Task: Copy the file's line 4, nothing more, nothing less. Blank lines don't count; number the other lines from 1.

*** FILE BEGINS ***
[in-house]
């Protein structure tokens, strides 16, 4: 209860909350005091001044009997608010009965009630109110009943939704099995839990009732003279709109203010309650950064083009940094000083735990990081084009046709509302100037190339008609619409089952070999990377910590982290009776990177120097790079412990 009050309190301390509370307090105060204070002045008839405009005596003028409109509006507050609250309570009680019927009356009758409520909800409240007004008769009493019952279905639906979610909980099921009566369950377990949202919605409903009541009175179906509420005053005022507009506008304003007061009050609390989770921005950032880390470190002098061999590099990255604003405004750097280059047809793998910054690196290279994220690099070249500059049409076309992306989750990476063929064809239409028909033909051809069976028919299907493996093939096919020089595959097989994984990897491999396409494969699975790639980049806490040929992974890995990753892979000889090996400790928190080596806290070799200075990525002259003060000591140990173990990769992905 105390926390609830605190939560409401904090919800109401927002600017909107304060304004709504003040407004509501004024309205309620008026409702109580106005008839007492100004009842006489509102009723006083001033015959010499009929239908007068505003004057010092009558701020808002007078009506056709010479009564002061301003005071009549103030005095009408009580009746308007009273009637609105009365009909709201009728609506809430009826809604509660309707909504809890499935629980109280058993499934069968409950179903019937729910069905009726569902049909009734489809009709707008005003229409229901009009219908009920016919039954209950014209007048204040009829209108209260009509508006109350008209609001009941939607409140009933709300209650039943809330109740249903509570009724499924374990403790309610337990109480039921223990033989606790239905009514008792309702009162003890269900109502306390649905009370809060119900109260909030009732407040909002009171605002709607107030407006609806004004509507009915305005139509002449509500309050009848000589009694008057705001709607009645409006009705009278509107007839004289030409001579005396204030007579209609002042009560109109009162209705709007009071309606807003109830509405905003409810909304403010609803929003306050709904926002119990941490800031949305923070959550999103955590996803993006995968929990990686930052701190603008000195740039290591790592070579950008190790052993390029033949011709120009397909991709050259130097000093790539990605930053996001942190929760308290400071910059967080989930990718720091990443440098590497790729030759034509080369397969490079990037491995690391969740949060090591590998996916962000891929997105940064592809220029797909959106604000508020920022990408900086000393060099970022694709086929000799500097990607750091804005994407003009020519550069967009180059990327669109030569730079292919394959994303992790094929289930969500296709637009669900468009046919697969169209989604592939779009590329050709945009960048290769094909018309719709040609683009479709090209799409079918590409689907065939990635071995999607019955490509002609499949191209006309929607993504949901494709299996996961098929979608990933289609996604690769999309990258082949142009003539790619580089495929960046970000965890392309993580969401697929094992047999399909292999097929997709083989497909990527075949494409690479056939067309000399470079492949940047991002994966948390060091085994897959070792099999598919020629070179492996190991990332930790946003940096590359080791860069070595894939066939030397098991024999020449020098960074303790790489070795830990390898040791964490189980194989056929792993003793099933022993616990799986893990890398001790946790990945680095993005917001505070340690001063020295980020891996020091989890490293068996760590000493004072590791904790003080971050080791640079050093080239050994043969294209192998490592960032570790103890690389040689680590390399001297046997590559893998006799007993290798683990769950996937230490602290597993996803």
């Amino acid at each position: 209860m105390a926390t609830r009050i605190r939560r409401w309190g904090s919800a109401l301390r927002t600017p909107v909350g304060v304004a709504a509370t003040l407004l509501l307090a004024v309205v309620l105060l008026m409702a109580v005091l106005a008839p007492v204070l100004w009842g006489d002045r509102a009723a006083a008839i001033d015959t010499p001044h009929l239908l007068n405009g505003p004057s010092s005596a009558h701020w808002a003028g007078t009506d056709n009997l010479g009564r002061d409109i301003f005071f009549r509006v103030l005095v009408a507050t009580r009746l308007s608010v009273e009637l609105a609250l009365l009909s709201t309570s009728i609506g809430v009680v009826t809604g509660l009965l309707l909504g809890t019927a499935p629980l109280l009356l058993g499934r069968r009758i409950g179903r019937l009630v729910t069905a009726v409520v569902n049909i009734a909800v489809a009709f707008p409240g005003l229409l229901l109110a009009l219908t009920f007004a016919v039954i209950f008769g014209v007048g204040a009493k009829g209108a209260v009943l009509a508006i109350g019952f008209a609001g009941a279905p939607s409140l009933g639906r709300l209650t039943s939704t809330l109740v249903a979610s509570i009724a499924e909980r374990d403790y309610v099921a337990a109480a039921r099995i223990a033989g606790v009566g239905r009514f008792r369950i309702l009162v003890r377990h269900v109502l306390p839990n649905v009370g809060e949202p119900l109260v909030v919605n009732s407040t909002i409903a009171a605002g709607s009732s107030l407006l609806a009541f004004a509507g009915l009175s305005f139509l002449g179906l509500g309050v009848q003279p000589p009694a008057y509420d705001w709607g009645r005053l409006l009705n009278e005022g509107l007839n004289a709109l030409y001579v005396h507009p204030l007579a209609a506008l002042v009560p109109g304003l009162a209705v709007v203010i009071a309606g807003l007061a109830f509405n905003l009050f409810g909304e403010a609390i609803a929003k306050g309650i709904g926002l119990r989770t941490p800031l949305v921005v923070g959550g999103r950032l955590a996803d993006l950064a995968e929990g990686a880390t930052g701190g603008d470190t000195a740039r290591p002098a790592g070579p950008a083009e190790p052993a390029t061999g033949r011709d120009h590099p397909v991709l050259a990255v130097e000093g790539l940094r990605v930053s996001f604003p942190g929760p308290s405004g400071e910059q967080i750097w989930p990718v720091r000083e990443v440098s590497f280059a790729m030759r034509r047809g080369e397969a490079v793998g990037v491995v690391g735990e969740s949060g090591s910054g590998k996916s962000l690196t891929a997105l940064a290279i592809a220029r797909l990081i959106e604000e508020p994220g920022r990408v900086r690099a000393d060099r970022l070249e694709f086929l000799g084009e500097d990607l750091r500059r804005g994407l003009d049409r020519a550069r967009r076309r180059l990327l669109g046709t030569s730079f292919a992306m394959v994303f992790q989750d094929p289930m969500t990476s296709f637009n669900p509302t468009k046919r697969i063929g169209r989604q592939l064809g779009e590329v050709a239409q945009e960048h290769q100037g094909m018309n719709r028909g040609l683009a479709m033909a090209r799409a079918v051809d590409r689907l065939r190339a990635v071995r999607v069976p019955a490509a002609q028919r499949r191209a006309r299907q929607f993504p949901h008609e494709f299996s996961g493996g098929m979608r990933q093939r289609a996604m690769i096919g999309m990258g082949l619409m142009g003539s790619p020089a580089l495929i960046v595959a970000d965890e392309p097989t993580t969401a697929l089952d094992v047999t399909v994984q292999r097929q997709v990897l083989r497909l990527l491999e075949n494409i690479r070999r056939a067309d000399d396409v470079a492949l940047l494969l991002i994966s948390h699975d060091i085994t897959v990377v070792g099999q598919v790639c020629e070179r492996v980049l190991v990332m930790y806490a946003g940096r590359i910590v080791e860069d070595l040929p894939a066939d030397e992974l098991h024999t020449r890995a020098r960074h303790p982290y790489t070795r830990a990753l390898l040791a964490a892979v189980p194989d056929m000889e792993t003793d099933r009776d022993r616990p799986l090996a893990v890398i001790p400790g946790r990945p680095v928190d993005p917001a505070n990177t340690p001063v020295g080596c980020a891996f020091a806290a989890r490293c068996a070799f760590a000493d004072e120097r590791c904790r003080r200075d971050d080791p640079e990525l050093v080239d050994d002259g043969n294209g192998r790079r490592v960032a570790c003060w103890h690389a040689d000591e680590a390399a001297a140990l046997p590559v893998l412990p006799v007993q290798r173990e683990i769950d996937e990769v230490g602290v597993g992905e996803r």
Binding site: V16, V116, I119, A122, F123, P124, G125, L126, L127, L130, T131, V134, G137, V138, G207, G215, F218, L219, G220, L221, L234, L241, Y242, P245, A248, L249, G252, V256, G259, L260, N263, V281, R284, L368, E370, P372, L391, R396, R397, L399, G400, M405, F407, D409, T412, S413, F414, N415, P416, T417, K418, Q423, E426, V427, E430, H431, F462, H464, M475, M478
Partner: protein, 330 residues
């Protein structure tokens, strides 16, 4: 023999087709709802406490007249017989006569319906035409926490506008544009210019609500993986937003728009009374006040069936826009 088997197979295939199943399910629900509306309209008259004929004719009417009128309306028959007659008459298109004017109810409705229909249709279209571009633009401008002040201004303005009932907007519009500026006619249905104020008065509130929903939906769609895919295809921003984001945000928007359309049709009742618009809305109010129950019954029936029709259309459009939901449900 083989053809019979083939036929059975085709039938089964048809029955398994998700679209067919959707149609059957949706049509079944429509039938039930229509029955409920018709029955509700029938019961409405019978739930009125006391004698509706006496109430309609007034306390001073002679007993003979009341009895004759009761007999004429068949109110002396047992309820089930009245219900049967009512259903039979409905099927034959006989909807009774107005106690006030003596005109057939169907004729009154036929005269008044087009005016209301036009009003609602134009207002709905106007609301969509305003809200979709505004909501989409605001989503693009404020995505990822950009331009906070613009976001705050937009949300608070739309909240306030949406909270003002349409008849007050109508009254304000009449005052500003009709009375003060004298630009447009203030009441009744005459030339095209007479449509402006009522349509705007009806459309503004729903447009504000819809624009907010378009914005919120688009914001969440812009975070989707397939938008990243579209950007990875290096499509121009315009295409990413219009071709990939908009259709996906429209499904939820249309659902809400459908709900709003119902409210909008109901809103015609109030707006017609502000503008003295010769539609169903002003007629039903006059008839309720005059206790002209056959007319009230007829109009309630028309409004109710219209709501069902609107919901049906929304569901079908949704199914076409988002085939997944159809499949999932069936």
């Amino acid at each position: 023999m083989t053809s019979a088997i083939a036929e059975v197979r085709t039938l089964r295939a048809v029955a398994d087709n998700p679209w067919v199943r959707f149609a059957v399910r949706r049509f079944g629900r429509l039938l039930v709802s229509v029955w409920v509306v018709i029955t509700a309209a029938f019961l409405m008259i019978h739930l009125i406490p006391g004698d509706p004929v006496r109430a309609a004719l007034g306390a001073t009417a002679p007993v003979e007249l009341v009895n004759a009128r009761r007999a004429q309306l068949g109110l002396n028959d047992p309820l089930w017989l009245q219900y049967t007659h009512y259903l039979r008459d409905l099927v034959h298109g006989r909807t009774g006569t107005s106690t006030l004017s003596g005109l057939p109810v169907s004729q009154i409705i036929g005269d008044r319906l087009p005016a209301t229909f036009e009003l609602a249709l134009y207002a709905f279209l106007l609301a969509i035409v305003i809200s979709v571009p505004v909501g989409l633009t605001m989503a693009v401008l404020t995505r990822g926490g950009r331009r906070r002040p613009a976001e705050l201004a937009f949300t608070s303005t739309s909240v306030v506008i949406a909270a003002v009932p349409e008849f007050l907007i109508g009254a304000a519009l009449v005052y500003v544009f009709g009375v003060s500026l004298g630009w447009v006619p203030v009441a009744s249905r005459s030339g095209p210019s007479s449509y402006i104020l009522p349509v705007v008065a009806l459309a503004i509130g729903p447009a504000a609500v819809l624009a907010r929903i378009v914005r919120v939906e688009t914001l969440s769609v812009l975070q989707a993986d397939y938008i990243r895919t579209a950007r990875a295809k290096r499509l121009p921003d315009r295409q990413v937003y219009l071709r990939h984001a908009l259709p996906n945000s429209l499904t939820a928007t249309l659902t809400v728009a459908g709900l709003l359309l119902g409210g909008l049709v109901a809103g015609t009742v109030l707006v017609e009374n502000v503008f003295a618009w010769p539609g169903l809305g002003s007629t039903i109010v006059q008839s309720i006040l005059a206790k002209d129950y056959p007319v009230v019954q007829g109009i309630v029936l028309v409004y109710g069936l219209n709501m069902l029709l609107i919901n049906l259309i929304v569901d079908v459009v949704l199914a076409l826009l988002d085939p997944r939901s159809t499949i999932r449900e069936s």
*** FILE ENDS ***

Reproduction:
Binding site: V16, V116, I119, A122, F123, P124, G125, L126, L127, L130, T131, V134, G137, V138, G207, G215, F218, L219, G220, L221, L234, L241, Y242, P245, A248, L249, G252, V256, G259, L260, N263, V281, R284, L368, E370, P372, L391, R396, R397, L399, G400, M405, F407, D409, T412, S413, F414, N415, P416, T417, K418, Q423, E426, V427, E430, H431, F462, H464, M475, M478